"When you see others' errors and you want to guide them because you think they are wrong and you feel compassion for them, you should employ tact to avoid angering them, and contrive to appear as if you were talking about something else."

- Dogen

Mike - mps@discomsys.com

"The two most common elements in the universe are hydrogen... and stupidity."
Harlan Ellison

Replies are listed 'Best First'.
Re: On using tact
by footpad (Abbot) on Feb 27, 2001 at 05:12 UTC
    I have to learn more about this Dogen fellow. *smile*

    Seriously, I think there is something very wise here. I'm not entirely certain I'll agree with the prevarication suggested, but I will wholeheartedly endorse the tact angle.

    I've mentioned previously that I spent some time in phone support, 13 months. During that time, I held the various records: number of calls handled, lowest average time, longest call time (yes, contradictory), longest hours spent on the queue, and so on.

    I quickly gained a reputation for providing terse, but technically accurate answers. I didn't quite understand this, because I had done my level best to develop the right answers to the most common questions and to document those in easy to deliver formats. Thus, I had faxes, emails, and other canned solutions ready to go. This was one reason why I was able to process so many calls so quickly.

    Our callers would periodically tell management what they felt of our service, which led to a another "record" I held: most customer complaints. I didn't understand this. I was being reasonably polite. I was solving their problems and answering their questions using the most efficient means possible.

    Fortunately, I had a patient manager who finally managed to get me to understand that a) I needed to take some time to myself (thereby reducing the personal frustration over those that didn't "get it."), and b) understand the call from the caller's point of view. Each call, he told me, was unique to the caller. Even if the subject was one I'd dealt with ad nauseam, it was important to treat each contact as a fresh start...because it was (generally) the first time the caller encountered the problem. If we had a solution, it was certainly the first time the caller encountered it. Each caller needed help over some portion of the learning curve and it was our job guide them for a few steps.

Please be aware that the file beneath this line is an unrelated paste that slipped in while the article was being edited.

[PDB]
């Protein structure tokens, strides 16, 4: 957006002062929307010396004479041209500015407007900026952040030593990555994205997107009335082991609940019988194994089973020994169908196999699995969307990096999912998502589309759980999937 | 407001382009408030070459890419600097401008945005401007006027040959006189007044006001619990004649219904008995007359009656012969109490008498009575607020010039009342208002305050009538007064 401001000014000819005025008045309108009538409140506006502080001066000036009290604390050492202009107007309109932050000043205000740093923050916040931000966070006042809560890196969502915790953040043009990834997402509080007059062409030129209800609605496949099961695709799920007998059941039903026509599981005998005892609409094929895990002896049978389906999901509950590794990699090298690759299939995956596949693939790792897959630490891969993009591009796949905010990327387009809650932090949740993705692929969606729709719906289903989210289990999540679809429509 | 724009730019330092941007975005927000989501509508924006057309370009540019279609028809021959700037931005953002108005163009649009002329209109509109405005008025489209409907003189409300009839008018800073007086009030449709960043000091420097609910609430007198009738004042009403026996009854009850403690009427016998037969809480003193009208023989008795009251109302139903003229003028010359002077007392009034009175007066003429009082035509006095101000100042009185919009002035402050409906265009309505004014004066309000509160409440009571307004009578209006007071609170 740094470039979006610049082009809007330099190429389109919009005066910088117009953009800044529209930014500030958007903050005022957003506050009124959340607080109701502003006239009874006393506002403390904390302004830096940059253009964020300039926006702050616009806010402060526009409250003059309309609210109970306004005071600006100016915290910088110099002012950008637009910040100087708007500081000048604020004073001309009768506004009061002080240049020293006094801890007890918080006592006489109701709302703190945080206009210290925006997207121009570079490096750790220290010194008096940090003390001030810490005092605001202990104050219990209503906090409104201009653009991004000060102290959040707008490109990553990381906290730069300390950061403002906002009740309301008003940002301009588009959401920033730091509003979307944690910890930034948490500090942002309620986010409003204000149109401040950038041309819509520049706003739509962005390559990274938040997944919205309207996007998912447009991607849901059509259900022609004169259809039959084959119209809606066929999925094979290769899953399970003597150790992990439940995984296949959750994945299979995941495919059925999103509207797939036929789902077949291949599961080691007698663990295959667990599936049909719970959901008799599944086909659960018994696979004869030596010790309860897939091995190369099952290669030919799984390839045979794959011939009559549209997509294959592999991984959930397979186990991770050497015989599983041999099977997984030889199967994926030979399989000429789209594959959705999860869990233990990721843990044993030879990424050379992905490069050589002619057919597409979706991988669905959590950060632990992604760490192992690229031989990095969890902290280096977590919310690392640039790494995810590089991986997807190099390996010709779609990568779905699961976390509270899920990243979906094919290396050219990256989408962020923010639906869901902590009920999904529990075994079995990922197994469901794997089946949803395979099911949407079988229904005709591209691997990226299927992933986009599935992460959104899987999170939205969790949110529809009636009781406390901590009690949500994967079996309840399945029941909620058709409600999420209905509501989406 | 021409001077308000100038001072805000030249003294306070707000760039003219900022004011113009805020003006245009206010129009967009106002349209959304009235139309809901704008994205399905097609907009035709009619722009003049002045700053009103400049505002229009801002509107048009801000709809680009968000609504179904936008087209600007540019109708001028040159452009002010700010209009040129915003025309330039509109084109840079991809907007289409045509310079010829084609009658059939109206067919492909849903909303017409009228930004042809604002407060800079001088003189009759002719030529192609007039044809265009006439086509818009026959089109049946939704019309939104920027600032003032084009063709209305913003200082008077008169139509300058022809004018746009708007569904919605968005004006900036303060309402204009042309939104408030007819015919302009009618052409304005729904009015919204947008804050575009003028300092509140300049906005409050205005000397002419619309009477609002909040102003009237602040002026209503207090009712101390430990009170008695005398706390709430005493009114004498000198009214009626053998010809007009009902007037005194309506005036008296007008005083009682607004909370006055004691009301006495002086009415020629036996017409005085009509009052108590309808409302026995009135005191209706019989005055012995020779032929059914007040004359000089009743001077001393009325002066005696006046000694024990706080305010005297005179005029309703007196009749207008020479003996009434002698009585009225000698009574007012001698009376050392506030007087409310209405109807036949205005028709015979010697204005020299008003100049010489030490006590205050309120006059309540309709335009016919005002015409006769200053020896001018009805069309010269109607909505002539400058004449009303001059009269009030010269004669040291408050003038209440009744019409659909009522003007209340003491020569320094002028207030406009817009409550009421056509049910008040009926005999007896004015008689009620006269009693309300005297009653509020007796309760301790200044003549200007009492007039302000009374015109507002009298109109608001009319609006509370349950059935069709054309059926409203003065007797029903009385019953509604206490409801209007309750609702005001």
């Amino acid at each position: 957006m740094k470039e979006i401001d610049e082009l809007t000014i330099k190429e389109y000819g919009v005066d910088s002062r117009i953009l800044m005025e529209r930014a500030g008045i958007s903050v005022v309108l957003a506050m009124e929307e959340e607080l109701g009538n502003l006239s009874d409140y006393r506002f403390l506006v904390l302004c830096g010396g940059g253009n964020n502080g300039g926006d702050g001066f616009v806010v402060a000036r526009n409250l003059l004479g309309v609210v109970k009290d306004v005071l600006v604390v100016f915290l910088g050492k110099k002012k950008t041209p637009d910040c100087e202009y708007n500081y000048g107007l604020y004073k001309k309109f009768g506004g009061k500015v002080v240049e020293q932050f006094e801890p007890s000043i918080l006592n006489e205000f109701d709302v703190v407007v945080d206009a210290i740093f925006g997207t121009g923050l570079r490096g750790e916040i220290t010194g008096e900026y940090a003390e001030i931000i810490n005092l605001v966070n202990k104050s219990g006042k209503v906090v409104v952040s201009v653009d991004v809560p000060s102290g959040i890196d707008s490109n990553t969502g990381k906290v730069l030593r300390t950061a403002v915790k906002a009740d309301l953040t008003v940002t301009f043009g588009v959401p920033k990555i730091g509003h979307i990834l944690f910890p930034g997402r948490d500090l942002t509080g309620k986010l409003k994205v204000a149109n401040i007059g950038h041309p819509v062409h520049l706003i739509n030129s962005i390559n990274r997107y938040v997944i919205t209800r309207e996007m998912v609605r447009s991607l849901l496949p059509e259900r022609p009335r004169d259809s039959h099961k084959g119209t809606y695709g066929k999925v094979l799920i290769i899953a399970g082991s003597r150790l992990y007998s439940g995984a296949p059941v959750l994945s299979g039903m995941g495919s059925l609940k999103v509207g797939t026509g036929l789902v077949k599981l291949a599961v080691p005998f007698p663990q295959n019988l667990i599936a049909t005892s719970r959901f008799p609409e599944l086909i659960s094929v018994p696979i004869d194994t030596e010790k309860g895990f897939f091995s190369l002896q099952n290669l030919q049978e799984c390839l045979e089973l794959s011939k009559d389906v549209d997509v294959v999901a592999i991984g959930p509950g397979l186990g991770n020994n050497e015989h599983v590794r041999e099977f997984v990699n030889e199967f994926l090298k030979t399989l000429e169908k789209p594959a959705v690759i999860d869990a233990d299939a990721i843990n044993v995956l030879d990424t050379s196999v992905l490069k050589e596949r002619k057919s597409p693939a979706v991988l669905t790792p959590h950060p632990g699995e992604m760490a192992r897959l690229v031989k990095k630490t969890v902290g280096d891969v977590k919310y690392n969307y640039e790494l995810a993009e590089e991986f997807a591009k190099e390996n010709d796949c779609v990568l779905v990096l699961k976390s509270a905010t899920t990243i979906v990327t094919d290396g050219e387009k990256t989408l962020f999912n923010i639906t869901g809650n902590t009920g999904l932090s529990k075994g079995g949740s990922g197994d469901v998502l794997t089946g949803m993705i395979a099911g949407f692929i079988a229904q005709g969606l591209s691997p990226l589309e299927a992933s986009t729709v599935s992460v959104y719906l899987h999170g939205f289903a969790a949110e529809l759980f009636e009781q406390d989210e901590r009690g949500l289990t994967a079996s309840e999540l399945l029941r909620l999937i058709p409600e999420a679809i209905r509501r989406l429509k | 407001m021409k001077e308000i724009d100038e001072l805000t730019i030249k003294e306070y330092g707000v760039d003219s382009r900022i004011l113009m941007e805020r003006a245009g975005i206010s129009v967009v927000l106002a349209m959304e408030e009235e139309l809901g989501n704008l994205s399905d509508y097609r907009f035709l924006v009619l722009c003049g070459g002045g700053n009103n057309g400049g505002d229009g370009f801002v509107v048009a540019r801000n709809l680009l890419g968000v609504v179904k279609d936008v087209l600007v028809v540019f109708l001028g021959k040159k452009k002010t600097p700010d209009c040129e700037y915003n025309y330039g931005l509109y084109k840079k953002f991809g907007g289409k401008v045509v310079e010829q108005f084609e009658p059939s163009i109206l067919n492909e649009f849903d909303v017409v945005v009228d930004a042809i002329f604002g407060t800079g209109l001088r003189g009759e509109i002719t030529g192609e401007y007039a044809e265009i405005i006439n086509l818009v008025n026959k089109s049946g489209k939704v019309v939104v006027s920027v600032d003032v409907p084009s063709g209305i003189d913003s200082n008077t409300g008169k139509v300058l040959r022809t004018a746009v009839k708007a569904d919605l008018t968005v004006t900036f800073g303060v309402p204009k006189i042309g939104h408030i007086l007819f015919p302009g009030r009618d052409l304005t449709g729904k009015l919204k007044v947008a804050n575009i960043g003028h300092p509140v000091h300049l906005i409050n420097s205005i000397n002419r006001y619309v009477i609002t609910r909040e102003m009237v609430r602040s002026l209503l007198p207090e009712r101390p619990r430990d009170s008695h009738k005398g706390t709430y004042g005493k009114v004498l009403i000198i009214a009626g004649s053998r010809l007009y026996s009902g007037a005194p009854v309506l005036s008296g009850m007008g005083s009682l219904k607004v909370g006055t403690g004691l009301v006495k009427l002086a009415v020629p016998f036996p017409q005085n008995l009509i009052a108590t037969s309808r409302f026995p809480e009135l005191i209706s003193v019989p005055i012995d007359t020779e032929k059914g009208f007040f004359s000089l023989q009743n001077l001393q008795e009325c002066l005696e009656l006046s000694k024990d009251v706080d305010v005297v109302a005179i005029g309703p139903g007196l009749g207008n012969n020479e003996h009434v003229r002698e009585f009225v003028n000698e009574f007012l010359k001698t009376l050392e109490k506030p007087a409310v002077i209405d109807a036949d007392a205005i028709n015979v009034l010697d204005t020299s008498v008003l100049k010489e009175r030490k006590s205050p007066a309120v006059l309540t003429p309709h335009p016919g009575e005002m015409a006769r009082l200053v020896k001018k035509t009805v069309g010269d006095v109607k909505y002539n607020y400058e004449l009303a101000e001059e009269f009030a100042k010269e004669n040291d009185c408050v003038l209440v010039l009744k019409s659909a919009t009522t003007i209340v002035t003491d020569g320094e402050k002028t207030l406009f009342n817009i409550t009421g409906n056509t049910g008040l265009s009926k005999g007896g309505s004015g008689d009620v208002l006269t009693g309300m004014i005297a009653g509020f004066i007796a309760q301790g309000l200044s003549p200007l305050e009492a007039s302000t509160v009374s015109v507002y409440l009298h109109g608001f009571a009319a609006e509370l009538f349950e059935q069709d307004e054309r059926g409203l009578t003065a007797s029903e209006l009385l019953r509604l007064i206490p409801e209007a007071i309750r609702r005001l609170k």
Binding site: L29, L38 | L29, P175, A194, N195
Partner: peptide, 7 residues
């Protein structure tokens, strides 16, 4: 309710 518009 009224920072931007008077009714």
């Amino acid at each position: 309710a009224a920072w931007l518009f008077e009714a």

It took some time before I realized that what was efficient for (and crystal clear to) me was not entirely effective for the callers. Once I started to listen and to help callers take another step along that curve, my complaints went down. So did my other numbers, but the callers were happier. As far as my manager was concerned, that was far more important than hitting the quotas.

    While others will argue it's enough to provide the barest information possible, I'm now of the opinion that it's equally important to take the time to consider the context of a question (a node, if you will) and the context of the poster/petitioner. You need both to provide the best answer for the post in question.

    To illustrate, I participate in a certain set of newsgroups devoted to another programming environment and someone recently posted a pretty standard, though non-trivial question, one that couldn't be simply answered with a single paragraph response. Unfortunately, the proper answer depended on the details of the current implementation, which resulted in several exchanges involving requests for additional details. It was very frustrating for me because I kept asking very clear questions about what I needed, but kept getting inconclusive and incomplete responses. The poster finally emailed the details to me privately. Once I had that, it was trivial to write up and post the proper answer. to make it available to the broadest audience, I posted it publicly. Shortly after I did so, I had gained three replies (two via email) thanking me for the clarity of the post...from the lurkers.